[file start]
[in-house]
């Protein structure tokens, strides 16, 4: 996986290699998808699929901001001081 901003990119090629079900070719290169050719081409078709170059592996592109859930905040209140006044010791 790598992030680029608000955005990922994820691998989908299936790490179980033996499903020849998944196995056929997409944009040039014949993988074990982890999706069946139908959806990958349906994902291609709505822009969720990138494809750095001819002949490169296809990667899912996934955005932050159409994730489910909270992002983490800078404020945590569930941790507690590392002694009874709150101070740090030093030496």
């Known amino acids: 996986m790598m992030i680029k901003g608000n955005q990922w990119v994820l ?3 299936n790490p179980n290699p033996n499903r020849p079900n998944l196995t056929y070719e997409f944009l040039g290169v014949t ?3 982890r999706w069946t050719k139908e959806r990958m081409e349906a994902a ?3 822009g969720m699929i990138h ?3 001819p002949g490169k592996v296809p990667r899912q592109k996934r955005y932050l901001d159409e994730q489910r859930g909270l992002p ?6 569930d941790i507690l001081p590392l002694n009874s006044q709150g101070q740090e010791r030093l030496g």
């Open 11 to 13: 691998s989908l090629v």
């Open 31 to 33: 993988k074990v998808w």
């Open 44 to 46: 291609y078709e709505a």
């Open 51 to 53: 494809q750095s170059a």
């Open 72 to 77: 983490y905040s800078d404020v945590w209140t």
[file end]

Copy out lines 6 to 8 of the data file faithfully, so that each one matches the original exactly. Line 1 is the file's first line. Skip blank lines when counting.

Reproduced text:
């Open 44 to 46: 291609y078709e709505a």
């Open 51 to 53: 494809q750095s170059a």
């Open 72 to 77: 983490y905040s800078d404020v945590w209140t």